Michael Jackson's secret $900 million art collection is at the centre of a legal battle, after it was sold off for a tenth of its value.
Michael Jackson's lawyers are battling to save his $900 million secret art collection.
The late 'Thriller' star's "rare intact major collection" has just been discovered, but rather than securing the financial future of his three children - Prince, 13, Paris, 12, and Blanket, eight - lawyers for the star are battling to reverse its $87.7 million sale to an undisclosed international businessman.
Appraiser Eric Finzi told Star magazine the 182-piece collection, which has never publicly been seen, has "an invaluable pedigree for future sales in the international art market".
He added: "Michael's mystique in life combined with this exposure of his wonderful fine art creations following his tragic death will escalate the value of these works and the popularity of his artistic vision worldwide. I do not think we have begun to see the true value of this fine art yet."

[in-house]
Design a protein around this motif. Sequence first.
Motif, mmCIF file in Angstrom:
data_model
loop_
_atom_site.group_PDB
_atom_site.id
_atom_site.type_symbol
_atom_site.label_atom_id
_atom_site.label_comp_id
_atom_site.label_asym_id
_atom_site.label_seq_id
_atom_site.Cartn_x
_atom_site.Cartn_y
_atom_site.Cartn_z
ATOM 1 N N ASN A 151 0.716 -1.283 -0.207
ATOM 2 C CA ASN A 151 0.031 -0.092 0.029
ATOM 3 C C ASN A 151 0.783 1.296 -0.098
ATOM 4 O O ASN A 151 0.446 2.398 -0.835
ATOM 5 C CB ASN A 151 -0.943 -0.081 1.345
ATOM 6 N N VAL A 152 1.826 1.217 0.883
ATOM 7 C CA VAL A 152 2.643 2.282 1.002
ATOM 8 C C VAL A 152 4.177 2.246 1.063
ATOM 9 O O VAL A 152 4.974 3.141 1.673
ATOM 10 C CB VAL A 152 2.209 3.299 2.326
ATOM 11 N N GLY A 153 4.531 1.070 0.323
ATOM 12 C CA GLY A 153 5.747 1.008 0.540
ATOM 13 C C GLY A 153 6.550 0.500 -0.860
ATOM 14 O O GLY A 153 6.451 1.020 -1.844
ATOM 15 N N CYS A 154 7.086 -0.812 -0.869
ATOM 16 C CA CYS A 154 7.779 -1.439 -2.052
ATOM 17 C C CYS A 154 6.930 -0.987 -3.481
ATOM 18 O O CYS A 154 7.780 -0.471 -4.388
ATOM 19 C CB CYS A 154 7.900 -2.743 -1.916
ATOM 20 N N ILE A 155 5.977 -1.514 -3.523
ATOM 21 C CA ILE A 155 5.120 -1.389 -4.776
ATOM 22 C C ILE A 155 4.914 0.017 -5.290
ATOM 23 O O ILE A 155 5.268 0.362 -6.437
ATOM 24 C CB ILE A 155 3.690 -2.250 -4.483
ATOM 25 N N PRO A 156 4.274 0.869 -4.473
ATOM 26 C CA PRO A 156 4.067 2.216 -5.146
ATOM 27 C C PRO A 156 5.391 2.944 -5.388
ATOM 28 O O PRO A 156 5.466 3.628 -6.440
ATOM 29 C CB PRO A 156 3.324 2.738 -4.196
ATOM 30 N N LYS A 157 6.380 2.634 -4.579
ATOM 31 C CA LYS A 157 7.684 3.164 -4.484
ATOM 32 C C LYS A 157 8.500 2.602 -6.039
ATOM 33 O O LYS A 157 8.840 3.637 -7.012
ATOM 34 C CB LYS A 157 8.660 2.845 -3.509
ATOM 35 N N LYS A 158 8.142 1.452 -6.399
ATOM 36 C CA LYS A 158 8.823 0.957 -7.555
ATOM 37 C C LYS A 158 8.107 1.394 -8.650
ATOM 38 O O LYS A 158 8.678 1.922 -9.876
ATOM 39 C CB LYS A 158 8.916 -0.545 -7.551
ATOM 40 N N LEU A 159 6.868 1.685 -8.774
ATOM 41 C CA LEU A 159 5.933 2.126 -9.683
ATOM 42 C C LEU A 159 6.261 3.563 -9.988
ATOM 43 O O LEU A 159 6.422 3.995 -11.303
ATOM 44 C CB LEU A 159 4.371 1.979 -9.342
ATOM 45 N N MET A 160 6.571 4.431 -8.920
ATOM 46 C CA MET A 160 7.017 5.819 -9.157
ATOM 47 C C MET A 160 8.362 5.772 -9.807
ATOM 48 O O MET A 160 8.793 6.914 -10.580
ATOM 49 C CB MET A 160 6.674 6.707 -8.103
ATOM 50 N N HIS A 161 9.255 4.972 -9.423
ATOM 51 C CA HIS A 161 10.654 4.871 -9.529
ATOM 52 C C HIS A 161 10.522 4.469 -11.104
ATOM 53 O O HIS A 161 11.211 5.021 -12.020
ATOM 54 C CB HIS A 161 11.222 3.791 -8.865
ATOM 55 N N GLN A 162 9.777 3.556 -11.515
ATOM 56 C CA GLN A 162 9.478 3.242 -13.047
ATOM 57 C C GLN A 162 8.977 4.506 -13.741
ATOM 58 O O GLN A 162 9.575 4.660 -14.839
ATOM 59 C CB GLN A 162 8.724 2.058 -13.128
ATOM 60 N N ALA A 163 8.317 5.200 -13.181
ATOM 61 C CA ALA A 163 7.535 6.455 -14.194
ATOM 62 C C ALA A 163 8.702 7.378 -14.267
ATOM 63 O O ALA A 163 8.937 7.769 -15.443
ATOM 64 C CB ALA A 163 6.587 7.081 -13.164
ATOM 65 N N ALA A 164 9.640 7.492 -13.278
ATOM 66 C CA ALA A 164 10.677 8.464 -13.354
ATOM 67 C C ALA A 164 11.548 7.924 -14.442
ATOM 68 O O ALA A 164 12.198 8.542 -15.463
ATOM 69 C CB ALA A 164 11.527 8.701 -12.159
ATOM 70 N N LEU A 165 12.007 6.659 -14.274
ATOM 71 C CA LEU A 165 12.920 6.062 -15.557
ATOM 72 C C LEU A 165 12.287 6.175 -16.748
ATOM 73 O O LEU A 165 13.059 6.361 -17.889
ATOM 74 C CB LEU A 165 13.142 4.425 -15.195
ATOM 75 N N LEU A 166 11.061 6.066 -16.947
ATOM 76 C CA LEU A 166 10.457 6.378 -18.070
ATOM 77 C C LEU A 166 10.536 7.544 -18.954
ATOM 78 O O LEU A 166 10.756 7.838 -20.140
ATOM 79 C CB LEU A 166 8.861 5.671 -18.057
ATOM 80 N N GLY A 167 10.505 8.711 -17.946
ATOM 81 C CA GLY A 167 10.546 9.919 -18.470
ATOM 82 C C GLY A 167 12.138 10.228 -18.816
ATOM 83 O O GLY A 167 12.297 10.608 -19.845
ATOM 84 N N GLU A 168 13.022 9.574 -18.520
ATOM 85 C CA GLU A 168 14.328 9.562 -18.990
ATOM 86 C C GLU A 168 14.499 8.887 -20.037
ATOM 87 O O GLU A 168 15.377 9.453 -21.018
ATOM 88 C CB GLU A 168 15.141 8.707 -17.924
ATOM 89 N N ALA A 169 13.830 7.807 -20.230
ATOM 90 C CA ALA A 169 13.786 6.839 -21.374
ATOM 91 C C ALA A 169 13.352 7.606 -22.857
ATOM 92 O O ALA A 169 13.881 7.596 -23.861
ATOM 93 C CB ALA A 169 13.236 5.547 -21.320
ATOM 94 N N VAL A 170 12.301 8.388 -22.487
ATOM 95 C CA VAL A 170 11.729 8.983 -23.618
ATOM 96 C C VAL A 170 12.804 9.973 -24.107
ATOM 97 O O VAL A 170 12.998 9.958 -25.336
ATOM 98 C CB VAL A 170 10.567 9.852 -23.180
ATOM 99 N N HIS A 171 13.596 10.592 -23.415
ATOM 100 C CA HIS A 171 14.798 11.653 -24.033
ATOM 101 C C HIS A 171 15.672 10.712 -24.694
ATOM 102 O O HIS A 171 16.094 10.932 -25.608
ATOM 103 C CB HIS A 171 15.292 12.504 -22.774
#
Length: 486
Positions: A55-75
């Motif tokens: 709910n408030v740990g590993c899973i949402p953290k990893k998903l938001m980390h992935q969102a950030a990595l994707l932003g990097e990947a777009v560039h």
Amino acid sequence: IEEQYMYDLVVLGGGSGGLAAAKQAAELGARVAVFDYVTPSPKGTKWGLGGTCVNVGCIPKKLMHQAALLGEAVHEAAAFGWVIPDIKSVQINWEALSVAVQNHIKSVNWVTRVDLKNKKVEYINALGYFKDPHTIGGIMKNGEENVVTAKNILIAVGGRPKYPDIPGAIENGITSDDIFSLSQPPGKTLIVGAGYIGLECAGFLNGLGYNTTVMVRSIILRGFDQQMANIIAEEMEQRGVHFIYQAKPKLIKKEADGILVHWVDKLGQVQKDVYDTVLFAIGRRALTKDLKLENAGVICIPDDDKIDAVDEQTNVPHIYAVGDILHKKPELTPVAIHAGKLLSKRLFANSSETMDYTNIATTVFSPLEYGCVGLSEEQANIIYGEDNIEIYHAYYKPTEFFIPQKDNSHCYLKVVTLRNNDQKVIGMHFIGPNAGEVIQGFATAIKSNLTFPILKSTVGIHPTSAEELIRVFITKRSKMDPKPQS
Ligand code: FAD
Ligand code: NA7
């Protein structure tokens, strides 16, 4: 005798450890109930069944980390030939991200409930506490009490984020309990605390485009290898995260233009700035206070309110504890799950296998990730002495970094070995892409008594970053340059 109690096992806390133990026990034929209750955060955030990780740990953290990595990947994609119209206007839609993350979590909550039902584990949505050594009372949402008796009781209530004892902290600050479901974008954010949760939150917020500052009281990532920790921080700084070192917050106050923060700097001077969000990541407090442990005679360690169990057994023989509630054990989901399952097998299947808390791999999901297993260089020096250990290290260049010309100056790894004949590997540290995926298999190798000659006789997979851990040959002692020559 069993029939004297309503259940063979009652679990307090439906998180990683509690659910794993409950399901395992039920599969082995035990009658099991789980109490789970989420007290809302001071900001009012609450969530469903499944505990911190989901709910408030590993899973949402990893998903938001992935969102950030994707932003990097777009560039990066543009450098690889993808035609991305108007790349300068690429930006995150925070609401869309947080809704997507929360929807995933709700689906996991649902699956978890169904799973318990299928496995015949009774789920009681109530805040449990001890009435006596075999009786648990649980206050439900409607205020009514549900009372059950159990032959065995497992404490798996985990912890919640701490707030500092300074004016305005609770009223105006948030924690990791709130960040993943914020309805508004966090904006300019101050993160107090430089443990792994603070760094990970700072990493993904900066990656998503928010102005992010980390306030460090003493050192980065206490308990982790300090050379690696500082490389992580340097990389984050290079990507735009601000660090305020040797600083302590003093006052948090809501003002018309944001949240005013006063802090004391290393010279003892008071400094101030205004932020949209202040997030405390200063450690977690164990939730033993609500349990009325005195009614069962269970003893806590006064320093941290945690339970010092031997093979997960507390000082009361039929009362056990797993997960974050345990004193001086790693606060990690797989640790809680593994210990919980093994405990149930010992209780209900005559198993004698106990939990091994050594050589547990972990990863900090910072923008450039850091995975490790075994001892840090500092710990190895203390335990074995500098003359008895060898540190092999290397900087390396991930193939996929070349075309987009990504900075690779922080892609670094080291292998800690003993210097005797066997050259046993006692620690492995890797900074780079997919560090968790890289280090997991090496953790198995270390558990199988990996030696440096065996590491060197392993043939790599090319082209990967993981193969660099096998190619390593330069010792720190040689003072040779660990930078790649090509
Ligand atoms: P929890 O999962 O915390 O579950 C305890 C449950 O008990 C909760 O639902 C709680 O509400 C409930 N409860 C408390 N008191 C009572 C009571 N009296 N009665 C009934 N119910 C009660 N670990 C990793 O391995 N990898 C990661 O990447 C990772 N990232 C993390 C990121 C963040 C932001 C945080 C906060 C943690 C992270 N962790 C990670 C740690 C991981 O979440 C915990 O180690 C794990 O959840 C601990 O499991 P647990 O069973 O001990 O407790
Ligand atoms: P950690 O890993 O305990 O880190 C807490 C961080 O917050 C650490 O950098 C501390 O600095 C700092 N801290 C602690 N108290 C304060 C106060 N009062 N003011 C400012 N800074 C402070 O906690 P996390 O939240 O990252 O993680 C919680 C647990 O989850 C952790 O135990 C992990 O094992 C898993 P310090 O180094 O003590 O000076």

The collection is made up of drawings, sketches and sculptures made by the 'Beat It' singer over a number of years while being taught by an Australian artist and friend, Brett Livingston Strong.
Among the artworks are sketches of Martin Luther King, President Abraham Lincoln and President George Washington, said to be worth in all, more than $8.1 million, sketches of Jackson's own feet doing his signature dance move the Moonwalk and recreations of the Statue of David and Dying Slave, the masterpiece of Renaissance sculpture by Michelangelo.
Before Michael died in August 2009 his estate was in financial trouble, yet a letter sent to Brett by Dr. Tohme Tohme - Jackson's last business manager and spokesperson - paved the way for the sale, transferring over the collection of artwork free of charge "to keep, sell, copy, exhibit and to use in whatever way you wish".
Brett and his advisors are thought to have orchestrated The Deal to sell off the artwork recently.
Lawyers are now questioning the validity of the letter and trying to reverse the sale.
The letter transferring the works to Brett reads: "Michael wants you to know he is truly grateful for the loyalty you have shown him over the years, and he views this as a small token of appreciation for your continued Friendship and artistic partnership."